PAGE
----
As an employer, am I more at risk after the Supreme Court declaration that tribunal fees are unlawful?
The outlawing of fees for employment tribunals has seen a huge increase in the number of claims being brought by those employed. The changes discussed in this section are therefore likely to benefit a large number of claimants, rather than Respondents (the employer). The decision improves access to justice for those with a true complaint, but consequently may increase the number of spurious claims, or claims to pressure employers into financial settlements.
Watch out for the discretion of the tribunal…
Employers should be aware that the ruling may not only open the floodgates for claims, but the discretion of the tribunal has also been far reaching when it comes to claims that are out of time. The tribunal can use its discretion to allow claims to be brought by a claimant even if it is out of time should the individuals argument be that they could not afford to bring a claim at the time, i.e. the only reason they did not bring the claim when it would have been in time was because of the unlawful tribunal fees that were in place at the time.
It is likely that employers and the tribunals themselves will be keeping a close eye on the statistics and any past claims being brought and at this time it is difficult to say how many of these claims may be allowed to be perused.
What could I be awarded if I brought a claim to an employment tribunal?
There has been an increase in both compensation limits and Vento bands, the subject of wide interest.
The table below shows the difference in compensation limits in effect for claims to the employment tribunal as of 6 April 2018:
Maximum award from 6 April 2018
Previous maximum award
Week’s pay cap to calculate basic awards and statutory redundancy payments
Statutory redundancy pay
Dismissal for health and safety reasons:
£15,240 (min. £6,203)
£14,670 (min. £5,970)
Dismissal for making protected disclosure:
Failure to conduct collective consultation
90 days’ gross pay**
90 days’ gross pay**
Failure to inform or consult: TUPE transfer
13 weeks’ gross pay**
13 weeks’ gross pay**
Breach of flexible working regulations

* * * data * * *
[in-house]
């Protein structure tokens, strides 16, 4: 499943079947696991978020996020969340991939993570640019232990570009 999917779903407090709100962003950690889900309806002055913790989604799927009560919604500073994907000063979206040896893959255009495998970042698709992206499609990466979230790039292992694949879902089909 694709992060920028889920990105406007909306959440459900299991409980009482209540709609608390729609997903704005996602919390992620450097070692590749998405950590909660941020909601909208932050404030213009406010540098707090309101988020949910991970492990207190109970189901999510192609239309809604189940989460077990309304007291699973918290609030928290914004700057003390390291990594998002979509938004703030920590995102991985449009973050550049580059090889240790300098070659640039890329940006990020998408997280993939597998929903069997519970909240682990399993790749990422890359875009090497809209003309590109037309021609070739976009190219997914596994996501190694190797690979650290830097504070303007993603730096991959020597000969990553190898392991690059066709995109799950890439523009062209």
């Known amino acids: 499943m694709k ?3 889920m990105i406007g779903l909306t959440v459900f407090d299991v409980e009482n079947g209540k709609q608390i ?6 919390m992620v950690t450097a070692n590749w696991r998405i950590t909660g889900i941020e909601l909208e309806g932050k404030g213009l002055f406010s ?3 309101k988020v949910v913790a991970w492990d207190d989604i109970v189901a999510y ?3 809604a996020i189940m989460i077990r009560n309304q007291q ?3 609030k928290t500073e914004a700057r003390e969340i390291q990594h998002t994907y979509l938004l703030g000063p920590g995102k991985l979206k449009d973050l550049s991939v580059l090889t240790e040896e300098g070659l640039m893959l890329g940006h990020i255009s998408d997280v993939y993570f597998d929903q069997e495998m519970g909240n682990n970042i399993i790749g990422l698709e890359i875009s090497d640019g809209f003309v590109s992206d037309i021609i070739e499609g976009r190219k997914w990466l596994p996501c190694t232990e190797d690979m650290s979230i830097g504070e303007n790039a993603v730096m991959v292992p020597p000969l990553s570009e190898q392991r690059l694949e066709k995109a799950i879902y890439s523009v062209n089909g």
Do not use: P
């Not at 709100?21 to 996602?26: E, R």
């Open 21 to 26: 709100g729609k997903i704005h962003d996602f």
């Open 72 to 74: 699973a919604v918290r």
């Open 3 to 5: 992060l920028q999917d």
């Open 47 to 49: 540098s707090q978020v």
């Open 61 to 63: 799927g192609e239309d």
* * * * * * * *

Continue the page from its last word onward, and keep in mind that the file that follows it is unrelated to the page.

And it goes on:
8 weeks’ pay (up to £4,046)
8 weeks’ pay (up to £3,912)
Failure to provide a written contract of employment
£1,016 or £2,032
£978 or £1,956
** per employee
The key change we see in these figures is the updated cap in what constitutes a ‘weeks’ pay’. In 2017 we saw an increase of £10, from £479 to £489, and in 2016 there was only an increase of £4. This year the statutory cap has increased by £19. Whilst the number of days/weeks you can claim for has remained the same, the cap increase means that there is potentially a considerably higher sum that could be awarded to an individual bringing the any of the above claims and many others not listed.
However, this change will only truly benefit those earning over £25,000 gross annual pay (over £489 gross per week).
How will the rise in statutory limits effect employers?
The increase of the weeks’ pay cap may result in notable additional cost if an employer is undertaking a large-scale redundancy exercise.
If I have been discriminated against, are there is there any additional compensation that I can claim?
The Vento Bands cover awards for injury to feelings, arising in most discrimination claims. The bands are constantly changing, increasing twice in the last year alone. The Presidents of the Employment Tribunal in England & Wales and Scotland have released new Vento Bands relating to claims from 6 April 2018 onwards.
The table below highlights the difference between the old bands and the new bands:
Lower band (less serious)
£900 to £8,600
£800 to £8,400
Middle band (not meriting upper band)
£8,600 to £25,700
£8,400 to £25,200
Upper band (most serious)
£25,700 to £42,900
£25,200 to £42,000
Ultimately, there is a continued focus on ensuring employees are treated fairly and remunerated to a level which reflects the current economic situation. The changes to compensation and Vento levels perhaps reflect an emphasis on how breaches of employment law are treated as a very serious matter and should not be considered lightly from an employer’s perspective.
By Anna Blythe, graduate paralegal in the HR support and employment law department